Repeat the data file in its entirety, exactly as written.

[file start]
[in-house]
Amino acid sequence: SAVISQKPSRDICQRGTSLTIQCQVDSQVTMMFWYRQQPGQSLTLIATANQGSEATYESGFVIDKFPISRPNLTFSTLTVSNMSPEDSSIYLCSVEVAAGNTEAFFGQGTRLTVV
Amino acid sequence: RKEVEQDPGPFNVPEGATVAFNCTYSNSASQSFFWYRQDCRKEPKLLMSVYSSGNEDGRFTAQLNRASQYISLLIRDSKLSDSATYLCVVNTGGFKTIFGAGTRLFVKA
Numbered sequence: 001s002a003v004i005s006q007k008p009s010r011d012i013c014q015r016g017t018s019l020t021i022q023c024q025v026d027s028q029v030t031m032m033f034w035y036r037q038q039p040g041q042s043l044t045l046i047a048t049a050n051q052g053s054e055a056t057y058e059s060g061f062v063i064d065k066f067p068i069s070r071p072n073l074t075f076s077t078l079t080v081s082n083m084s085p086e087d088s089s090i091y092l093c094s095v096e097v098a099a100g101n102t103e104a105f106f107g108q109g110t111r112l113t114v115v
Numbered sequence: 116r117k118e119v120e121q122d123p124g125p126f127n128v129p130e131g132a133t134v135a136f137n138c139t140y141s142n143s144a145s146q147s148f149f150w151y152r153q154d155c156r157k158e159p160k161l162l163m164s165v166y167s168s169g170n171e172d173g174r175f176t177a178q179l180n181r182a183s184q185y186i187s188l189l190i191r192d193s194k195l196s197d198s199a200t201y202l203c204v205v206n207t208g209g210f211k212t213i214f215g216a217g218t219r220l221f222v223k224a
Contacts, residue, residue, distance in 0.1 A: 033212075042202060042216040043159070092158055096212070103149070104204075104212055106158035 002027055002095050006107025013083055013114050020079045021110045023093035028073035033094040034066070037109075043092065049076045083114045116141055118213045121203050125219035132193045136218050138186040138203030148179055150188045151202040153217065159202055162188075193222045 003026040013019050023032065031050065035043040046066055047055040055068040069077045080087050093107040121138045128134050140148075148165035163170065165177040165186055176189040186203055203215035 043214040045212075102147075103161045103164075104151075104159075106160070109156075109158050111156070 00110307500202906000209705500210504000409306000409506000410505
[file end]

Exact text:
[in-house]
Amino acid sequence: SAVISQKPSRDICQRGTSLTIQCQVDSQVTMMFWYRQQPGQSLTLIATANQGSEATYESGFVIDKFPISRPNLTFSTLTVSNMSPEDSSIYLCSVEVAAGNTEAFFGQGTRLTVV
Amino acid sequence: RKEVEQDPGPFNVPEGATVAFNCTYSNSASQSFFWYRQDCRKEPKLLMSVYSSGNEDGRFTAQLNRASQYISLLIRDSKLSDSATYLCVVNTGGFKTIFGAGTRLFVKA
Numbered sequence: 001s002a003v004i005s006q007k008p009s010r011d012i013c014q015r016g017t018s019l020t021i022q023c024q025v026d027s028q029v030t031m032m033f034w035y036r037q038q039p040g041q042s043l044t045l046i047a048t049a050n051q052g053s054e055a056t057y058e059s060g061f062v063i064d065k066f067p068i069s070r071p072n073l074t075f076s077t078l079t080v081s082n083m084s085p086e087d088s089s090i091y092l093c094s095v096e097v098a099a100g101n102t103e104a105f106f107g108q109g110t111r112l113t114v115v
Numbered sequence: 116r117k118e119v120e121q122d123p124g125p126f127n128v129p130e131g132a133t134v135a136f137n138c139t140y141s142n143s144a145s146q147s148f149f150w151y152r153q154d155c156r157k158e159p160k161l162l163m164s165v166y167s168s169g170n171e172d173g174r175f176t177a178q179l180n181r182a183s184q185y186i187s188l189l190i191r192d193s194k195l196s197d198s199a200t201y202l203c204v205v206n207t208g209g210f211k212t213i214f215g216a217g218t219r220l221f222v223k224a
Contacts, residue, residue, distance in 0.1 A: 033212075042202060042216040043159070092158055096212070103149070104204075104212055106158035 002027055002095050006107025013083055013114050020079045021110045023093035028073035033094040034066070037109075043092065049076045083114045116141055118213045121203050125219035132193045136218050138186040138203030148179055150188045151202040153217065159202055162188075193222045 003026040013019050023032065031050065035043040046066055047055040055068040069077045080087050093107040121138045128134050140148075148165035163170065165177040165186055176189040186203055203215035 043214040045212075102147075103161045103164075104151075104159075106160070109156075109158050111156070 00110307500202906000209705500210504000409306000409506000410505